Dr. Charlie Hall is back again this week to talk with Bridget about human health and well-being benefits of plants. Students learn and retain more when they can see flowers and plants. People are more compassionate when they can be around plants and trees. Obesity among children and their families is reduced when schools have gardens where children can connect with plants. Our industry needs to promote these fact-based messages to help improve each person’s health and well-being.
We all know that trees produce oxygen while taking carbon dioxide out of the air. We need trees and other plants to produce oxygen we need to live. This week, Bridget has Charlie Hall return to discuss the environmental benefits of plants. From erosion and runoff mitigation, to improved rainwater percolation, to sight and sound barriers, plants give us many environmental benefits we need to be sharing with customers and community members. Here is a link to the Hall and Dickson Green Industry Benefits article.
Returning as a guest on the show is Dr. Charlie Hall, Ellison Endowed Chair at Texas A&M University. Bridget and Charlie discuss the economic benefits of plants. From the value of an installed landscape to increasing occupancy rates, plants add tremendous economic benefits. Listen as Charlie and Bridget discuss the economic benefits of plants that every business should be communicating to its customers. Here is a link to the Hall and Dickson Green Industry Benefits article.
Too many choices? Sometimes we can overwhelm customers with too many choices. This week, Bridget and guest host Dr. Trey Malone (Michigan State Agriculture, Food, and Resource Economics Dept.) discuss choice overload. When do we risk putting too many choices in front of customers? How do we know when enough is enough?
This week, Bridget’s guest is Dr. Trey Malone (Assistant Professor, Agriculture, Food, and Resource Economics at Michigan State). Trey and Bridget talk about the differences between consumer preferences (I like pink petunias) versus perceptions (petunias require a lot more water than succulents). Which can marketers influence more easily? Which influences purchases more? Listen and learn how you can use consumer preferences and perceptions to encourage purchases.
This week, Dr. Behe’s guest is Dr. Alicia Rihn from the University of Florida. They talk about another recent study about pollinators and locally-produced plants. How do consumers view the pollinator properties of landscape plants and fruit trees? Having a sign saying the plants were “pollinator friendly” improved their likelihood of purchasing the plant and many who looked at the sign for a few seconds were willing to pay up to a 12% premium. If plants have a food source for pollinators, that is helpful information which may persuade some consumers to buy. The local marketing campaign “Fresh From Florida” didn’t get as much visual attention, but still had consumers willing to pay a premium for those plants, even if that was slightly less than what they were willing to pay for pollinator friendly plants.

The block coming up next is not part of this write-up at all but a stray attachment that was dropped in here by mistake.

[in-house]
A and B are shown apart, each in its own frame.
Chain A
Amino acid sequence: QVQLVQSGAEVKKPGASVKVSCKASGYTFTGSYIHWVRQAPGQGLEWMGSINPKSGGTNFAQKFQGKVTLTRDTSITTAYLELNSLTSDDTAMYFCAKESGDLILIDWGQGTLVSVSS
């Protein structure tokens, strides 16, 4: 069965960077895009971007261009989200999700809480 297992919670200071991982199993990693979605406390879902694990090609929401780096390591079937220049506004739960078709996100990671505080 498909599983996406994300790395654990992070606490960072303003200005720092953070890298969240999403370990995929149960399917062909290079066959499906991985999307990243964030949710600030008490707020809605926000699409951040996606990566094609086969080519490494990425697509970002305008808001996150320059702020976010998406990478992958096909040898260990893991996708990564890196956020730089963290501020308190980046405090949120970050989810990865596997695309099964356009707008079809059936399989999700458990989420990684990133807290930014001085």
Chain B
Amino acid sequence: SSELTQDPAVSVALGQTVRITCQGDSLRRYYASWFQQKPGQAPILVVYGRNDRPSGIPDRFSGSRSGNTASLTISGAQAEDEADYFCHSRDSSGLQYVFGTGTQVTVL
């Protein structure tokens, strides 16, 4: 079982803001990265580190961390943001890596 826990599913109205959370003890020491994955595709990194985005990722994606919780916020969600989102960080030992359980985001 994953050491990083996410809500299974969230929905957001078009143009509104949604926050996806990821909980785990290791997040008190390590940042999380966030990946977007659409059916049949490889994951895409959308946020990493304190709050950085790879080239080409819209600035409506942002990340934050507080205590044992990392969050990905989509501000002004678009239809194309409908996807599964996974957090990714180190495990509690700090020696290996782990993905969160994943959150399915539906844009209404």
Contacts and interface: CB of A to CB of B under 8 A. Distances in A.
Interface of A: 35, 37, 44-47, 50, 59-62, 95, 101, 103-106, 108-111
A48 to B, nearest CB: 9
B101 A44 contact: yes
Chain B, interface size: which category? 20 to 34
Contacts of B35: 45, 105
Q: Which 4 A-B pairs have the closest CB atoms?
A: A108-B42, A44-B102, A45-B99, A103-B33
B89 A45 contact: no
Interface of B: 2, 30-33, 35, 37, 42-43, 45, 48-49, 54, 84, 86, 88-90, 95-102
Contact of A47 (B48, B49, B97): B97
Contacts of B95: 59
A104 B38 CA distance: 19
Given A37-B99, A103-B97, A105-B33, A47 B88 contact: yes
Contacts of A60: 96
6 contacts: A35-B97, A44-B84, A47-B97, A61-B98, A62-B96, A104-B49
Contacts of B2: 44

Putting into practice some research from the NY Times best-selling book Nudge: Improving Decisions about Health, Wealth, and Happiness by Thaler and Sunstein, Bridget talks about three ways to nudge consumers to better choices. You can influence choice in many ways, but Bridget discusses how identifying items as popular, promoting the use of social media, and encouraging online reviews are three ways you can nudge your customers into making better plant choices. Just by saying the book is a NY Times best-seller can help Thaler and Sunstein sell more books!
Little has been published about the importance of landscaping from the consumer perspective. This week, Bridget’s guest is Mel Knuth from Texas A&M University. They discuss her fourth paper in the water conservation series but this one takes a bit of a turn. Using some questions adapted from an Australian study, Bridget and Mel talk about how people active in their landscape are much better customers compared to those who feel landscaping is an obligation to meet the expectations of others.
In this week’s podcast, Bridget has returning guest Melinda Knuth of Texas A&M University. Bridget and Mel talk about their third paper in the water conservation series about how individuals who are active water conservationists are also the same individuals who get a lot of enjoyment (and buy more) plants. Both active and inactive water conservationists are involved in plant purchases, but the active ones more so that the inactive ones.
This week, Bridget continues her discussion with Melinda Knuth, doctoral student at Texas A&M University, about consumer perceptions of the water source for growing plants as well as landscape water use. Bridget and Mel share their findings about what a national sample of U.S. consumers thinks about water, plants, and the landscape. Water source and use were more important in this study than price. Listen to understand more about consumer perceptions of this increasingly important topic: water.